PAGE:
Couples and individuals in California have various options when they need help starting a family. Two of those include surrogacy and gestational carriers.
What is a surrogate?
A surrogate is a woman who agrees to have a child for another person or couple. Her egg is used to conceive the baby, so there’s a genetic relationship. Surrogacy often occurs through the use of intrauterine insemination, or IUI, when sperm is injected directly into the uterus. The sperm typically comes from the man who is to be a parent to the baby. However, there may be an outside donor used if there is an issue of infertility.
Surrogacy is often complex due to the legal factors involved. For example, the surrogate might suddenly change her mind about giving the baby to another couple or person. Although a contract would be involved that requires agreeing to the terms, it’s still a complicated scenario.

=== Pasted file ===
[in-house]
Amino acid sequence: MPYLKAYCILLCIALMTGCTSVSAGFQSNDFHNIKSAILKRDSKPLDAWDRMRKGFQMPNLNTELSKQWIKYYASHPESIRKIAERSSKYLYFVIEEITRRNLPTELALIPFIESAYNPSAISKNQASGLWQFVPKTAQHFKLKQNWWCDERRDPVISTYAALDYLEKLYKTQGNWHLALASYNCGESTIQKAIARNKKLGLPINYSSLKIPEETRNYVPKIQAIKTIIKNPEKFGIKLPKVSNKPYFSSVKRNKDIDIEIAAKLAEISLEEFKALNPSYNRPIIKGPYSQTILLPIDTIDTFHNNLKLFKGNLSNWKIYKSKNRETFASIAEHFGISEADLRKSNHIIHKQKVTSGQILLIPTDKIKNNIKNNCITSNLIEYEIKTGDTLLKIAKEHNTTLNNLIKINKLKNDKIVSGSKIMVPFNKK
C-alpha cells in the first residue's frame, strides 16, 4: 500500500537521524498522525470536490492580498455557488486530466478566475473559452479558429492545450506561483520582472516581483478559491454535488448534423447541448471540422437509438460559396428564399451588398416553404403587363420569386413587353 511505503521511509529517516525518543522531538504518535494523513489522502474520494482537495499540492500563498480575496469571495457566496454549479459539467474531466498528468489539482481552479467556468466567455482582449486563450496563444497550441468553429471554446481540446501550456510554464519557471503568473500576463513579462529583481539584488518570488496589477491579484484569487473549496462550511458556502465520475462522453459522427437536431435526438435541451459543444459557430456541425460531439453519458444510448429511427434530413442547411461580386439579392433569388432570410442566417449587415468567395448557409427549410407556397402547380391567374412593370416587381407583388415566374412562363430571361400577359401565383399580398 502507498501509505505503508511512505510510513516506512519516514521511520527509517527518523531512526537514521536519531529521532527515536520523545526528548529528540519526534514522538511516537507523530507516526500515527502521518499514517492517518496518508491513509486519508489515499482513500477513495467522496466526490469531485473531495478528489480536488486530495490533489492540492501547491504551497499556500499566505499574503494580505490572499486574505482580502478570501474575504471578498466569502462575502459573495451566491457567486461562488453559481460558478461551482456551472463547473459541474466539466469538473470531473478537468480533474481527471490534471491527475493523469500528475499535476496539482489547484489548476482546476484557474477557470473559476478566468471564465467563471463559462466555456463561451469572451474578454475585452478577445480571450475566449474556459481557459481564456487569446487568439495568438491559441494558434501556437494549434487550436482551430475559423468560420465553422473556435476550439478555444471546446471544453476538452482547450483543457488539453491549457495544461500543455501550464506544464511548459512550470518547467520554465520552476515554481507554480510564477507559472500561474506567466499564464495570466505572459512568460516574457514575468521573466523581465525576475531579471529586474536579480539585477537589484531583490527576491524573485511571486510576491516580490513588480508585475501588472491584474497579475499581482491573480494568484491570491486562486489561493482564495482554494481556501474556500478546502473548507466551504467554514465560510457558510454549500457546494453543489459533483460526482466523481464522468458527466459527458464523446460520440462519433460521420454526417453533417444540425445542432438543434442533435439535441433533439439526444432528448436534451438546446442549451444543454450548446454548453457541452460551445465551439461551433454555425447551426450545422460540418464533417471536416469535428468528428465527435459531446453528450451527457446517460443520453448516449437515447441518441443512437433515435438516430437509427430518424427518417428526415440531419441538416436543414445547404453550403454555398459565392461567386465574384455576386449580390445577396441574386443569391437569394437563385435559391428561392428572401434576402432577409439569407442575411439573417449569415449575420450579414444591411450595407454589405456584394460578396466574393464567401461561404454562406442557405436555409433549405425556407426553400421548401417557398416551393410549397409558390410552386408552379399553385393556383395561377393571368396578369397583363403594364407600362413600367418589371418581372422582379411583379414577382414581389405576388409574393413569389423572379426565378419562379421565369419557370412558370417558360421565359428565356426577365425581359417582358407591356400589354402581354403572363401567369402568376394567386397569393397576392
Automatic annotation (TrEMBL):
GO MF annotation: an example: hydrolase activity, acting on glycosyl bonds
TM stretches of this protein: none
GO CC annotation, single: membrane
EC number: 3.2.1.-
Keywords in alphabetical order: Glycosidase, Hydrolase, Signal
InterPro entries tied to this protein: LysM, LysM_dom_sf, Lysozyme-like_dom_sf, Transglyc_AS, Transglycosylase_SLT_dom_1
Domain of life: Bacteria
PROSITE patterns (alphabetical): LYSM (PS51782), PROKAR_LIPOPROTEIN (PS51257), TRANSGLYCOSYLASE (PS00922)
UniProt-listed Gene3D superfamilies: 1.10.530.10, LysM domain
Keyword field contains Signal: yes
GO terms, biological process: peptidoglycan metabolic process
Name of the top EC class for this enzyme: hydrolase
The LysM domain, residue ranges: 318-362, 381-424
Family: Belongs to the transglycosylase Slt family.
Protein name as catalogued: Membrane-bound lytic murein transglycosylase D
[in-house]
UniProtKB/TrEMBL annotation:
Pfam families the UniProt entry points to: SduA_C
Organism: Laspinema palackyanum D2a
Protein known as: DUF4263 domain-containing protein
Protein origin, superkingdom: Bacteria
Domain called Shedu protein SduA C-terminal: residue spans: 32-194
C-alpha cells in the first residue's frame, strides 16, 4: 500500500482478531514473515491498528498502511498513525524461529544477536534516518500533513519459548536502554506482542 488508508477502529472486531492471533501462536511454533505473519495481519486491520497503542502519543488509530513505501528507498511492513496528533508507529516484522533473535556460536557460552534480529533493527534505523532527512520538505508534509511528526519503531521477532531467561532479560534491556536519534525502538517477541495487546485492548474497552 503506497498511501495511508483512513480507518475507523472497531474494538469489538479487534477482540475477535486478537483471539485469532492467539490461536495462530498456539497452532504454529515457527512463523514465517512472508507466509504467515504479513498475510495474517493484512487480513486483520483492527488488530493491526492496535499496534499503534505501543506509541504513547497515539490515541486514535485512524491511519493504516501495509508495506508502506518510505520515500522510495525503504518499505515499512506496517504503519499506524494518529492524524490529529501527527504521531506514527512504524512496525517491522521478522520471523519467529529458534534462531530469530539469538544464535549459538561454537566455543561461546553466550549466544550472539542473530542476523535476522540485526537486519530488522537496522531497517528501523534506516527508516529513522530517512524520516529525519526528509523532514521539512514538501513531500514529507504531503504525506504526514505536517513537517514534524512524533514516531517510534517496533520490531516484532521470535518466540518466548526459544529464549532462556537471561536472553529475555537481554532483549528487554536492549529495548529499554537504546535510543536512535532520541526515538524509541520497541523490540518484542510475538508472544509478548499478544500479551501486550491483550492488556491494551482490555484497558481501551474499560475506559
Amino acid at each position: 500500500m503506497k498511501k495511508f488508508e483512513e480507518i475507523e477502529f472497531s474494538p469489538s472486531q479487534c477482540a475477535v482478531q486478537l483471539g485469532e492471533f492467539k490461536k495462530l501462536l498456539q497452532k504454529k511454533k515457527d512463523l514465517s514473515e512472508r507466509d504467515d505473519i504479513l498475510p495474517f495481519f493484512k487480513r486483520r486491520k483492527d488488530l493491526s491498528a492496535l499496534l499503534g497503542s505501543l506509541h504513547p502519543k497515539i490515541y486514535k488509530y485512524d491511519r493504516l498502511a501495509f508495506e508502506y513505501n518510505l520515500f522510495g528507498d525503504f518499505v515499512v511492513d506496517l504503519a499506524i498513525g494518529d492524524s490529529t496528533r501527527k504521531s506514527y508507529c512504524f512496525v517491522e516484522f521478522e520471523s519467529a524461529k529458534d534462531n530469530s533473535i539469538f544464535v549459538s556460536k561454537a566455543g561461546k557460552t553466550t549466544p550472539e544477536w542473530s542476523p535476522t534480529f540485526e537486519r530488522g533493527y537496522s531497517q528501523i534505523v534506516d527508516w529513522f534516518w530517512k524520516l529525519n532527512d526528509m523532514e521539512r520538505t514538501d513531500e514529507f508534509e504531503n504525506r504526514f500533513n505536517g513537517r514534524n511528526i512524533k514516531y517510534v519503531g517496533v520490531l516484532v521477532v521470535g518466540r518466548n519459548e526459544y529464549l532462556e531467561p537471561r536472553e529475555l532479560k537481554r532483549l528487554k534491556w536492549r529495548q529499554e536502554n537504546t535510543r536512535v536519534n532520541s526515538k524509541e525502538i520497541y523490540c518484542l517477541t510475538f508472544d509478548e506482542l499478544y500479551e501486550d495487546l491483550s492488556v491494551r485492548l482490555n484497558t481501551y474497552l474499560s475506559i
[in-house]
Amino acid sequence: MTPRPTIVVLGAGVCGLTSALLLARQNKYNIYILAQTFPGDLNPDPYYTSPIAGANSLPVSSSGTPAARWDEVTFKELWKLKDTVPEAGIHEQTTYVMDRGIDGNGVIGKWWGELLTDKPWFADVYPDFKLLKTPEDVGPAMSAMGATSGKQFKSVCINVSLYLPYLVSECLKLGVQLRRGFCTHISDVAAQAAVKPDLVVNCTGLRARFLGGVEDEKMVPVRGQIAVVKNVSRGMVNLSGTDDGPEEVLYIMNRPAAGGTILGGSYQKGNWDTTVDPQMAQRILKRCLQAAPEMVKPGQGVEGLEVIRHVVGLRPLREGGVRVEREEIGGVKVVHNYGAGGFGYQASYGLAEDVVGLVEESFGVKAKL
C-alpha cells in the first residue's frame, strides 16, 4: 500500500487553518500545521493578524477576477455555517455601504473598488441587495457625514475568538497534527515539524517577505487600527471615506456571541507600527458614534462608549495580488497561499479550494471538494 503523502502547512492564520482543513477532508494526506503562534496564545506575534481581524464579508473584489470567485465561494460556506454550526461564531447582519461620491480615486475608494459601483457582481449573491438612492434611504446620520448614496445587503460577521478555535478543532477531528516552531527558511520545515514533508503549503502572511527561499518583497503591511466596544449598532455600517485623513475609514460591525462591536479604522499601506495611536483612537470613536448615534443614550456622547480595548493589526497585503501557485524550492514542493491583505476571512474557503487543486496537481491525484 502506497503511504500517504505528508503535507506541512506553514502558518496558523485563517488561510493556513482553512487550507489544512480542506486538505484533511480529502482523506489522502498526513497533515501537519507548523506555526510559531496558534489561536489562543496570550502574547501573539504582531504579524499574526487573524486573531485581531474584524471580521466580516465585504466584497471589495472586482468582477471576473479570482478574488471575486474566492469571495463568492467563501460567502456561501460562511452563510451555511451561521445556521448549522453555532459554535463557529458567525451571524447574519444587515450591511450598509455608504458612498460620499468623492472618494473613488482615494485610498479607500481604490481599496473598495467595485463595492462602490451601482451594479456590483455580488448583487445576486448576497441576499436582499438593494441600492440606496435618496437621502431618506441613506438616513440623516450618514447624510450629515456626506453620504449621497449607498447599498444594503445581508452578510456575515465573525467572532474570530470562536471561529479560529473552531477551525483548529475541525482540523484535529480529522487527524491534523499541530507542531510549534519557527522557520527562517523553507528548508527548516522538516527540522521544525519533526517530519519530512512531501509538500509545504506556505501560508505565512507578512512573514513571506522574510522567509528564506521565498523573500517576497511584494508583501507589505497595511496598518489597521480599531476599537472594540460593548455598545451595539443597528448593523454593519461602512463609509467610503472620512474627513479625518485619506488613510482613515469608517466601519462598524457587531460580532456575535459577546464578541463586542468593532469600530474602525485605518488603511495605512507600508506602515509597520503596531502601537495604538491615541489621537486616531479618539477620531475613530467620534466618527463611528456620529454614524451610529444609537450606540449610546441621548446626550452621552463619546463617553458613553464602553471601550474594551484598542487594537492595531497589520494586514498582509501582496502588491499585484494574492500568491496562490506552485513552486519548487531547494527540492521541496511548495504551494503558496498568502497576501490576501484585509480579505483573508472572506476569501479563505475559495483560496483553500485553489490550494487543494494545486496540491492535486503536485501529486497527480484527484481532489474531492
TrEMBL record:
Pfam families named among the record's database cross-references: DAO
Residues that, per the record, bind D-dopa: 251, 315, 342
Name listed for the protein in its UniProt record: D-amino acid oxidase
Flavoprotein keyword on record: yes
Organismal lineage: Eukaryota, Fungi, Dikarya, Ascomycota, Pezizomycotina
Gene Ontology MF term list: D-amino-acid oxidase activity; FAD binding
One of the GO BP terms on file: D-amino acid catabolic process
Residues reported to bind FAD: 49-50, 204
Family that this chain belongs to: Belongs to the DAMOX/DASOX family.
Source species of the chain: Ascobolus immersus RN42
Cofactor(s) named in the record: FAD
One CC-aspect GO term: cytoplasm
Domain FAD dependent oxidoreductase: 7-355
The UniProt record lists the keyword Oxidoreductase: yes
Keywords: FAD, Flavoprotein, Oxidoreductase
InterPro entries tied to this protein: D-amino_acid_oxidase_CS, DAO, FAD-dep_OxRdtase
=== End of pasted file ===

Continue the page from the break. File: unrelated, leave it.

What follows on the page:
What is a gestational carrier?
A gestational carrier is a woman who agrees to carry a baby for another couple or person. She carries the baby to term and gives birth but doesn’t have a genetic relationship with the child. The baby is conceived through the use of the intended mother’s egg or a donor egg and the intended father’s sperm or donor sperm. The embryo is then implanted in the gestational carrier’s uterus via in vitro fertilization. Gestational carriers are often sought by couples who are struggling with fertility problems and LGBTQ couples who wish to start a family.
How do surrogates and gestational carriers differ?
While both options can help with starting a family, a surrogate is genetically linked to the baby while the gestational carrier has no such relationship. This is the big difference between surrogacy and gestational carriers.
If you and your partner are interested in having a baby using a gestational carrier or a surrogate, you should explore your options. There are legal ramifications with both options, so it’s important to do your research.